Report No. 29
151. Addition of new provisions.-As regards the addition of new provisions, that is a matter concerning amendment of the relevant Acts.
152. Adulteration and public opinion.-The fact that we are not recommending transfer to the Indian Penal Code of the provisions as to adulteration1 does not, of course, mean that we under-rate the gravity of the offence of adulteration. In fact, public opinion on the subject appears to be strong. A comment signed by several citizens residing in West Bengal has suggested, that persons guilty of adulteration of medicines should be punished with the death sentence along with confiscation of property, that persons guilty of adulteration of food should be punished with life imprisonment along with confiscation of property, and that in all cases of conviction, wide publicity through the Press, the cinema and the radio should be given. Another comment has suggested, that the relevant Acts may be amended so as to provide compulsory rigorous imprisonment and also fine, to be imposed on the convicted persons. One comment suggests, that sections 272 and 274 of the Indian Penal Code should be suitably amended, and that the maximum punishment for adulteration should be hanging, as such adulteration may sometimes cause death, and that the offence should be made cognizable.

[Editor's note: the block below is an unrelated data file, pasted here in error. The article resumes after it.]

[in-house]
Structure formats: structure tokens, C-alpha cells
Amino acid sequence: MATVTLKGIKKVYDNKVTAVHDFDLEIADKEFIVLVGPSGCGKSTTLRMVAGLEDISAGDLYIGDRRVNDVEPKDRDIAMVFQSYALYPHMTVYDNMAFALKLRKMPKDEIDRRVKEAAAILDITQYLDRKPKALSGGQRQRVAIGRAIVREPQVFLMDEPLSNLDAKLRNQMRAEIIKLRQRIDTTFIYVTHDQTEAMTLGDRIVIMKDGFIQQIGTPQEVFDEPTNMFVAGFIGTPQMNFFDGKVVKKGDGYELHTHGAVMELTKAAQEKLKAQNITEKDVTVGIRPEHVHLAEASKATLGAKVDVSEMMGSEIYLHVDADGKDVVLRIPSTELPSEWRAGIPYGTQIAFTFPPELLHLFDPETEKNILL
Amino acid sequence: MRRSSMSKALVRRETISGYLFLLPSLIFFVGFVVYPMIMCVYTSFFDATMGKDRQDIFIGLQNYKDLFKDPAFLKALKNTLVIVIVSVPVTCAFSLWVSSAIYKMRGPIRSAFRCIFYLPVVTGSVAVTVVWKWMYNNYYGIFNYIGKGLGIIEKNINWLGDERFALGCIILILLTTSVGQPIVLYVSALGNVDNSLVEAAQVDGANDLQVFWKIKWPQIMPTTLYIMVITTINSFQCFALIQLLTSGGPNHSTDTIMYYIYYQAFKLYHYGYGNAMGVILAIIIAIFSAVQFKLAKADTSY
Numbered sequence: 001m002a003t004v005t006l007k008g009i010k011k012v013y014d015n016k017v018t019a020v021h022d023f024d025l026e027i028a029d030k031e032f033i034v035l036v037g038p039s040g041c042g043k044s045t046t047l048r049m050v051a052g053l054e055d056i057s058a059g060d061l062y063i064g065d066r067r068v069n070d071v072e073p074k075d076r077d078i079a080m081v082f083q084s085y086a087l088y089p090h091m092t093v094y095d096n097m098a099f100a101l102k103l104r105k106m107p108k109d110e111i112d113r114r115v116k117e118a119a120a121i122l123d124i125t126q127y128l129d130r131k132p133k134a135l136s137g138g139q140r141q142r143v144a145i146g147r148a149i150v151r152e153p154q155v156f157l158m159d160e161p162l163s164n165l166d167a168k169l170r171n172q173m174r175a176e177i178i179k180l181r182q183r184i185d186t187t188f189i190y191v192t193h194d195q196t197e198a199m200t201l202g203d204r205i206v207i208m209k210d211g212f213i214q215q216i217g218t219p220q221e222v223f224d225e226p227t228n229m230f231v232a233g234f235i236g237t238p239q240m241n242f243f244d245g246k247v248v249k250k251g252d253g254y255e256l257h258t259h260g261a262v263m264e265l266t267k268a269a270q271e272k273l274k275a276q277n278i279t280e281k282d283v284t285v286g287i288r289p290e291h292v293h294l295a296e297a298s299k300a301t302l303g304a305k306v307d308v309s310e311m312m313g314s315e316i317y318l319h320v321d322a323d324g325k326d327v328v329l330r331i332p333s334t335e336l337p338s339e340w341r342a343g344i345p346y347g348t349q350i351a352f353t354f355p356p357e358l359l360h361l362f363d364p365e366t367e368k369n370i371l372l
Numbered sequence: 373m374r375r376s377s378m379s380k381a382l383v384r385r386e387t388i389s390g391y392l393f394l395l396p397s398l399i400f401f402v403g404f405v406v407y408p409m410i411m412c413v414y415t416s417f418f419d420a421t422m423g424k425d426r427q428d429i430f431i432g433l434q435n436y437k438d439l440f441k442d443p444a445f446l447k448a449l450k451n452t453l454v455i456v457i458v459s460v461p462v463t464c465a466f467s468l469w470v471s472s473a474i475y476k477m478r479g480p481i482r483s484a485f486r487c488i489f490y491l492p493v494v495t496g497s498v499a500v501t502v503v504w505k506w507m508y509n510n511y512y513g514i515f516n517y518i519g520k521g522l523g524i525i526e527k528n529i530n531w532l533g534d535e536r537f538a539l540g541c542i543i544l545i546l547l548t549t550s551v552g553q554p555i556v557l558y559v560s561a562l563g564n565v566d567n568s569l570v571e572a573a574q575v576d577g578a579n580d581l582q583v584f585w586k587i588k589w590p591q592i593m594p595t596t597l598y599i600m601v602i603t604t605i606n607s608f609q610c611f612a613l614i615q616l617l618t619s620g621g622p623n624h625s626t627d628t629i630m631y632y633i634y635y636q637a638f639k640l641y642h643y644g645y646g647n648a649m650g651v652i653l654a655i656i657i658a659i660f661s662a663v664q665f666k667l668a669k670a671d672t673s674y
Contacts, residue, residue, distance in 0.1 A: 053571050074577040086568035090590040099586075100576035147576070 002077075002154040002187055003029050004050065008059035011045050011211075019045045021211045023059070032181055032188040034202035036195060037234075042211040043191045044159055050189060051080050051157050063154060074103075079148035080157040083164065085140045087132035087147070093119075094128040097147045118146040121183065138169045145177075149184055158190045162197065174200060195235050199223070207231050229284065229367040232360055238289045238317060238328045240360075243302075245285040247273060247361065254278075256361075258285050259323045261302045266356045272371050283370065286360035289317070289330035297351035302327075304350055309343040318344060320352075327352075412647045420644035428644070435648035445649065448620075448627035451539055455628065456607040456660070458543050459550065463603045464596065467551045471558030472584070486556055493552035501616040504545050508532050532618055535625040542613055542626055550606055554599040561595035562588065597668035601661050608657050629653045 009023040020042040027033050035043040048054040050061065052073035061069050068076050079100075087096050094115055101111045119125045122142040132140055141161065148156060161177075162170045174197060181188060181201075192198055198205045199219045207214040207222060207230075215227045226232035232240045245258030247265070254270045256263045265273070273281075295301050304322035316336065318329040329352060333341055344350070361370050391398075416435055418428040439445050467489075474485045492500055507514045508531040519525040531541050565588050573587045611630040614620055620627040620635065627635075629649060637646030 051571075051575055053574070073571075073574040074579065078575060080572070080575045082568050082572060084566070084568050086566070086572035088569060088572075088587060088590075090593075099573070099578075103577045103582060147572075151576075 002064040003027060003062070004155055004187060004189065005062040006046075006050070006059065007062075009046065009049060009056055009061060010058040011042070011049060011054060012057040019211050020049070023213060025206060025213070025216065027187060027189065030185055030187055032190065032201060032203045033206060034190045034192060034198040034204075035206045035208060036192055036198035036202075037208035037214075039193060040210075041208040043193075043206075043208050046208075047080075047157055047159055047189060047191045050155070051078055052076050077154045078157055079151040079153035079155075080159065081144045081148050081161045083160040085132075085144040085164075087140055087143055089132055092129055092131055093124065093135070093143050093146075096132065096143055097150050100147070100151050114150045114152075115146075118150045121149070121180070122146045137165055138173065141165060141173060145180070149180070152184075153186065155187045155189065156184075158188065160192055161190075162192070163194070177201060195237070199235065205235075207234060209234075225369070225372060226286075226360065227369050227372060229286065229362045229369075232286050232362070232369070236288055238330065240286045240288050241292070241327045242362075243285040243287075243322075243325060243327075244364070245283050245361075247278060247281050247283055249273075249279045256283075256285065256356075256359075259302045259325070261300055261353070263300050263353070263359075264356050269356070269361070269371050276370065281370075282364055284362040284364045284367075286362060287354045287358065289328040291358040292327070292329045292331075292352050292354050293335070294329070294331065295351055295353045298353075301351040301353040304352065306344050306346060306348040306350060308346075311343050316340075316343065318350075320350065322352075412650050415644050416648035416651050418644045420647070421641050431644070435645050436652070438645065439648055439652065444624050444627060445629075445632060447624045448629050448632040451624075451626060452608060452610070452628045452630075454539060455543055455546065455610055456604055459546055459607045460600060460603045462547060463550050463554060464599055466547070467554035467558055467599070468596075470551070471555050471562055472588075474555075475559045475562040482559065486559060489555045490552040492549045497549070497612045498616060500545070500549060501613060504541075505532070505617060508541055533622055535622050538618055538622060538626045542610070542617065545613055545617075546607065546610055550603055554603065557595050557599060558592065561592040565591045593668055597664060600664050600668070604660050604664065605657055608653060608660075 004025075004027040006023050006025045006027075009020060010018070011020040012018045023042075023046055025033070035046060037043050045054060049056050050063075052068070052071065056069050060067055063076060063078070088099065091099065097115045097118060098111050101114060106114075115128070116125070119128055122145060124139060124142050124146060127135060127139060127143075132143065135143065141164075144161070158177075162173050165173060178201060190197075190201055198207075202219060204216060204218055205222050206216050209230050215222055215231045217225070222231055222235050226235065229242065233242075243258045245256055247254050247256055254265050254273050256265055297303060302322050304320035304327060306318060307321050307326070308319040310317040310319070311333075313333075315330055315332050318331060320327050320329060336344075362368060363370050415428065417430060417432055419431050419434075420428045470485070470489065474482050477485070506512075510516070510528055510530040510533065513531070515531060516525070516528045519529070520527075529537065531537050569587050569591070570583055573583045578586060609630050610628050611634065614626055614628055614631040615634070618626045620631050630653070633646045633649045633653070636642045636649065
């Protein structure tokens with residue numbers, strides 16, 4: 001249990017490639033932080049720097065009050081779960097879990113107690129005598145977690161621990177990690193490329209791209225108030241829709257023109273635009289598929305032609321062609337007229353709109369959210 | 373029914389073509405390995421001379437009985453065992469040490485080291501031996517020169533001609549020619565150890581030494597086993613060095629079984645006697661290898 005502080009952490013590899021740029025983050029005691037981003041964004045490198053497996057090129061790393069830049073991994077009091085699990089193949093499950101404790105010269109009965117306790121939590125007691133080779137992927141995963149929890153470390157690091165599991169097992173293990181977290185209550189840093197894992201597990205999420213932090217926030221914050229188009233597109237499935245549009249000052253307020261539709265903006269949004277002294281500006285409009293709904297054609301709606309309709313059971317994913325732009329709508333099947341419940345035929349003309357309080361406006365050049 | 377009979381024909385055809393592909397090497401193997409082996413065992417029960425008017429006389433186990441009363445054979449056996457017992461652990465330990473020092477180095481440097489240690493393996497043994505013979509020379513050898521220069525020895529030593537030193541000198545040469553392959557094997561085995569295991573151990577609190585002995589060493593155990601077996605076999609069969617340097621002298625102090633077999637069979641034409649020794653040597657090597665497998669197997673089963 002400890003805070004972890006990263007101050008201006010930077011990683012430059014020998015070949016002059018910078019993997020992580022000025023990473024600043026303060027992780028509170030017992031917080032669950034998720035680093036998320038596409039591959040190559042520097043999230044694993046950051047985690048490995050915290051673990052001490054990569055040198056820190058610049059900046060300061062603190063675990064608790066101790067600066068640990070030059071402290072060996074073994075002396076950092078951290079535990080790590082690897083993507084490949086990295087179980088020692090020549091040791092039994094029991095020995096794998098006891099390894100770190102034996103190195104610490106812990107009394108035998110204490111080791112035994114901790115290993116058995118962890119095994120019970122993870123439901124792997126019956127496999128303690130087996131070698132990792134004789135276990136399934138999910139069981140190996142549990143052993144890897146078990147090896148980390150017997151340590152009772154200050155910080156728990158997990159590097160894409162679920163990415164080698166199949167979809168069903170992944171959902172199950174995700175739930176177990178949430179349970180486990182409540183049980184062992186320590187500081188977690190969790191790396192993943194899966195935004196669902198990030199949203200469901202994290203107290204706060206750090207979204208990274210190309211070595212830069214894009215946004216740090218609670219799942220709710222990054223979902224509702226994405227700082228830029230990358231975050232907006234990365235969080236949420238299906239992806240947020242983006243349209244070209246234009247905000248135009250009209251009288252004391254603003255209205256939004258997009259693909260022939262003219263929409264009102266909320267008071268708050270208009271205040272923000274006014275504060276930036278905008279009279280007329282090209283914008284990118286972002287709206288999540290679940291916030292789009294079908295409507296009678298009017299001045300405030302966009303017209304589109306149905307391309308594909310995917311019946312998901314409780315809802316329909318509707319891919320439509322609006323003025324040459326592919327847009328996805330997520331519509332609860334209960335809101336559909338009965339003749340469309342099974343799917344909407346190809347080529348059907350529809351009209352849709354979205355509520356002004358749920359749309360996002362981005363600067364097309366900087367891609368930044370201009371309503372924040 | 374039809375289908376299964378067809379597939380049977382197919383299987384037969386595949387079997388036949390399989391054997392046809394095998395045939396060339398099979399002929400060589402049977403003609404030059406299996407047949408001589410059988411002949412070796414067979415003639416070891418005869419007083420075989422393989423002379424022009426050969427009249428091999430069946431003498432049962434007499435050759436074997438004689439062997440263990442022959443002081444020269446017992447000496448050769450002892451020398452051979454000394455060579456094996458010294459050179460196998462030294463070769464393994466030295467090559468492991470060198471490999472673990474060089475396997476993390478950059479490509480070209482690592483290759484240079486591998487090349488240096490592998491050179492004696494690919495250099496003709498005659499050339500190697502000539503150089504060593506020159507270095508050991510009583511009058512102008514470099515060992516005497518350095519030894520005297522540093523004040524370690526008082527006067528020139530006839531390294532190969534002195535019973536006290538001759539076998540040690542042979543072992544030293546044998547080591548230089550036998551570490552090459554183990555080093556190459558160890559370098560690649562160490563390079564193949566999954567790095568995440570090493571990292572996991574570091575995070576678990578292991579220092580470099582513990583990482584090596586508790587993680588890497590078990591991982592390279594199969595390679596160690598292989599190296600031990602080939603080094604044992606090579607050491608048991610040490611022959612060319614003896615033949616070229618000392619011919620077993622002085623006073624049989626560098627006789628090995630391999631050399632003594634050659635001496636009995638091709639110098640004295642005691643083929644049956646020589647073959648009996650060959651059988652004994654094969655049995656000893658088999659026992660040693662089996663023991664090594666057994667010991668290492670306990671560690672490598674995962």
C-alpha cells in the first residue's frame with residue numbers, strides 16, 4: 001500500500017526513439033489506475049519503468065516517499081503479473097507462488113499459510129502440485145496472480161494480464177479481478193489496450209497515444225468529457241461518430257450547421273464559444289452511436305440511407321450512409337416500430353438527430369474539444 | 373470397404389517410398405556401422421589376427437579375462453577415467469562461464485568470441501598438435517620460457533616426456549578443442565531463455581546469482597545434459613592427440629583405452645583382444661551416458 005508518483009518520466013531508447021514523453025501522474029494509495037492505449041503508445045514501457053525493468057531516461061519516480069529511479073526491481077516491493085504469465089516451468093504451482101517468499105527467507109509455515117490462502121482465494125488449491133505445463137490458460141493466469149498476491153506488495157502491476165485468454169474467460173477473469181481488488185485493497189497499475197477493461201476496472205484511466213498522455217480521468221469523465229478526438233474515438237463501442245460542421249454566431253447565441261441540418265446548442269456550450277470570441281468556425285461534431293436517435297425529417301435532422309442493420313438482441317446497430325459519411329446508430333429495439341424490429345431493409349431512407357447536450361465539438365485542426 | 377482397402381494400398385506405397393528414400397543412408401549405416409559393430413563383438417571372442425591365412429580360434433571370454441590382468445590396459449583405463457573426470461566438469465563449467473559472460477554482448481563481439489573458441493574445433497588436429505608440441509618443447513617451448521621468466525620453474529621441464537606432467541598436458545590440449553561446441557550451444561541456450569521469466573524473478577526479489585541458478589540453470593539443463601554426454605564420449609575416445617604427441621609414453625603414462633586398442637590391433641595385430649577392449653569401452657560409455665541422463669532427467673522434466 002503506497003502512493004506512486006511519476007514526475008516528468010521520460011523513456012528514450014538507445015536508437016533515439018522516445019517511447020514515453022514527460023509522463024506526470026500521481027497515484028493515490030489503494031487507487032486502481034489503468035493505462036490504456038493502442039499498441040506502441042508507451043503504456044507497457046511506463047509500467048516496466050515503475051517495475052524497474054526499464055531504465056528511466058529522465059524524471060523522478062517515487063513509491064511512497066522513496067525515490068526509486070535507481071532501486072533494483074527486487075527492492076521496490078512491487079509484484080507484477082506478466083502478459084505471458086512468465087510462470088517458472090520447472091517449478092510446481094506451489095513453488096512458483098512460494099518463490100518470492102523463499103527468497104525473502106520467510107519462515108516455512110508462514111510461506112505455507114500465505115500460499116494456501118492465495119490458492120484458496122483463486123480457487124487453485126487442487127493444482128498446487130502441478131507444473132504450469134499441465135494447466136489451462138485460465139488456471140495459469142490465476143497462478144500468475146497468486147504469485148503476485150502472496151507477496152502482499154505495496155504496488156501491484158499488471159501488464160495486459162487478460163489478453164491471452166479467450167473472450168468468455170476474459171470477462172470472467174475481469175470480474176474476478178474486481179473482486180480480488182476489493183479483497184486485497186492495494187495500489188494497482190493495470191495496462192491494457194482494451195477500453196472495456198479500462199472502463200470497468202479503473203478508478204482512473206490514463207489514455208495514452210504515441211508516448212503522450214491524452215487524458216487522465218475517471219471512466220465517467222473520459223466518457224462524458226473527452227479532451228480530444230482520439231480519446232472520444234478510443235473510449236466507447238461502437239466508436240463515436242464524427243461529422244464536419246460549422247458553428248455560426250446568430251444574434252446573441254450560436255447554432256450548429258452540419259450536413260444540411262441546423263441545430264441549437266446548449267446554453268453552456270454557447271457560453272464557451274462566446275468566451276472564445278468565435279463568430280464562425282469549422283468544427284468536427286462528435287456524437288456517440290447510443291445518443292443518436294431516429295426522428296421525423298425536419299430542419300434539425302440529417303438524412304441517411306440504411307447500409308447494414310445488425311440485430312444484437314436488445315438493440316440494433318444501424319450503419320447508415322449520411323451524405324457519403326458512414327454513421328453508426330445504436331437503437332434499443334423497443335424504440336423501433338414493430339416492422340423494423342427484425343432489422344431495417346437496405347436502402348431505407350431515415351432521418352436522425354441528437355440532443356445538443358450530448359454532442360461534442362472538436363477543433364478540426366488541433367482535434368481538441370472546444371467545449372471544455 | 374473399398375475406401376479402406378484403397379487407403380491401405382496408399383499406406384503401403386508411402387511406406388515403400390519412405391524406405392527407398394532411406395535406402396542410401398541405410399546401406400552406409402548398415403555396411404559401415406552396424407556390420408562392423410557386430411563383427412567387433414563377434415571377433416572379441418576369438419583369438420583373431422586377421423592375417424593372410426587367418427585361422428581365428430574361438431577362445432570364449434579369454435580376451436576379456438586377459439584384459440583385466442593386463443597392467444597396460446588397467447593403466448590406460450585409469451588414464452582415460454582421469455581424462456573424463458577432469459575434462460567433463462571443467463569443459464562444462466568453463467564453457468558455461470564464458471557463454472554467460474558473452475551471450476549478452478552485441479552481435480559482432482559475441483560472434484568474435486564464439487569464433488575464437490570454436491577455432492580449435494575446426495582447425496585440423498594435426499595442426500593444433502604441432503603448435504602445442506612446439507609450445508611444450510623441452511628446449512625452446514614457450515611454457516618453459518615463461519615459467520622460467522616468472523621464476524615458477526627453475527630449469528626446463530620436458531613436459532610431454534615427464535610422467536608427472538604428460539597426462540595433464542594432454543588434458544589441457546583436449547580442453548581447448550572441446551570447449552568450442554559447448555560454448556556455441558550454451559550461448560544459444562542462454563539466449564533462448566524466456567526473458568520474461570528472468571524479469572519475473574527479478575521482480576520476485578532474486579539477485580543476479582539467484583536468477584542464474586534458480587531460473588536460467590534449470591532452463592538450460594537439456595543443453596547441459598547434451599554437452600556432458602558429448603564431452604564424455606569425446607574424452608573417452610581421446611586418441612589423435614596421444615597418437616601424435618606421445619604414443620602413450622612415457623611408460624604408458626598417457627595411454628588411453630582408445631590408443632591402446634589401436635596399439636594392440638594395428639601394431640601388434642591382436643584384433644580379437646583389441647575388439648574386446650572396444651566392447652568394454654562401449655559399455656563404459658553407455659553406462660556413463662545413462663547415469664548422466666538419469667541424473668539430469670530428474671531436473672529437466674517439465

If any amendments pertaining to sentence are required, those will have to be made to the relevant enactments relating to food and drugs.
1. Para. 149-150, supra.
153. Failure of prosecutions.-The failure of prosecutions under the Prevention of Food Adulteration Act is often put forth as a matter deserving serious consideration. And no doubt it is so. But such failures are not due to a defect in the penal provisions or in their being dealt with in special laws. The causes are to be found elsewhere.
154. Thus, prosecutions may fail because of defective reports of the Public Analyst1 or delay in the examination of samples2. Sometimes, the rules as in force up-to-date are not brought to the notice of the court3. Complications may also arise where the procedure prescribed by the Act for taking samples is not followed4. The same difficulty may arise if the provisions of the Act requiring complaint by a particular person are not complied with5.
1. Cf the cases cited in State v. Gunjlal, AIR 1964 Punj 475 (476, 477), paras. 2 and 6.
2. Municipal Corporation of Delhi v. Surja Ram, (1965) 2 Cr LJ 571.
3. Cf. Mela Singh v. State, AIR 1964 Punj 332 (333).
4. Cf. Food Inspector v. P. Kannan, AIR 1964 Ker 261.
5. Cf. State v. Ishwar Saran, AIR 1964 All 497.
155. In this connection, it must also be pointed out, that higher courts have not failed to impress upon the magistracy the importance of legislation relating to adulteration of food, and the need for ensuring that mere technicalities do not hamper or defeat the cause of justice1.
1. See Delhi Municipality v. Jai Dayal, AIR 1964 Punj 520, paras. 2 and 12.